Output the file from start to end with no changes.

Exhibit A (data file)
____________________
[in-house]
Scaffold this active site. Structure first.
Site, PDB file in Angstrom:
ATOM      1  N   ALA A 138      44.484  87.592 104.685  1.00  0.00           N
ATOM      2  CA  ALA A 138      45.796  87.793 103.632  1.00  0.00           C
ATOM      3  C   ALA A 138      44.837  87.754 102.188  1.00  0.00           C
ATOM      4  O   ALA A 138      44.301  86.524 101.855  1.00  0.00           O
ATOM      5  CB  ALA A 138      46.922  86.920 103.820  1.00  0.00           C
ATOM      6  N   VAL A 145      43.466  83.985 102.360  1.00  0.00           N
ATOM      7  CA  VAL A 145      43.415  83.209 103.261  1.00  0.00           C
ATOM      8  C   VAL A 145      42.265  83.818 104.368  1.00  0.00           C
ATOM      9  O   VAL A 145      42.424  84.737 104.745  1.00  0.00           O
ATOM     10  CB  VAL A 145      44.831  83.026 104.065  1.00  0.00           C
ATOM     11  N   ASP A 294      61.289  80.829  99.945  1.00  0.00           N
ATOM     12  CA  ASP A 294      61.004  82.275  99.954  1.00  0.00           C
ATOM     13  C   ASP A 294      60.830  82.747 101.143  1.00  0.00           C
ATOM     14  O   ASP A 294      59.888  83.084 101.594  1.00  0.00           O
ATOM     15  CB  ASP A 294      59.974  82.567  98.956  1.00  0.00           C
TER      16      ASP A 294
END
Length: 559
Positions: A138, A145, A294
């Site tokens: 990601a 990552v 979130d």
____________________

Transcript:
[in-house]
Scaffold this active site. Structure first.
Site, PDB file in Angstrom:
ATOM      1  N   ALA A 138      44.484  87.592 104.685  1.00  0.00           N
ATOM      2  CA  ALA A 138      45.796  87.793 103.632  1.00  0.00           C
ATOM      3  C   ALA A 138      44.837  87.754 102.188  1.00  0.00           C
ATOM      4  O   ALA A 138      44.301  86.524 101.855  1.00  0.00           O
ATOM      5  CB  ALA A 138      46.922  86.920 103.820  1.00  0.00           C
ATOM      6  N   VAL A 145      43.466  83.985 102.360  1.00  0.00           N
ATOM      7  CA  VAL A 145      43.415  83.209 103.261  1.00  0.00           C
ATOM      8  C   VAL A 145      42.265  83.818 104.368  1.00  0.00           C
ATOM      9  O   VAL A 145      42.424  84.737 104.745  1.00  0.00           O
ATOM     10  CB  VAL A 145      44.831  83.026 104.065  1.00  0.00           C
ATOM     11  N   ASP A 294      61.289  80.829  99.945  1.00  0.00           N
ATOM     12  CA  ASP A 294      61.004  82.275  99.954  1.00  0.00           C
ATOM     13  C   ASP A 294      60.830  82.747 101.143  1.00  0.00           C
ATOM     14  O   ASP A 294      59.888  83.084 101.594  1.00  0.00           O
ATOM     15  CB  ASP A 294      59.974  82.567  98.956  1.00  0.00           C
TER      16      ASP A 294
END
Length: 559
Positions: A138, A145, A294
């Site tokens: 990601a 990552v 979130d």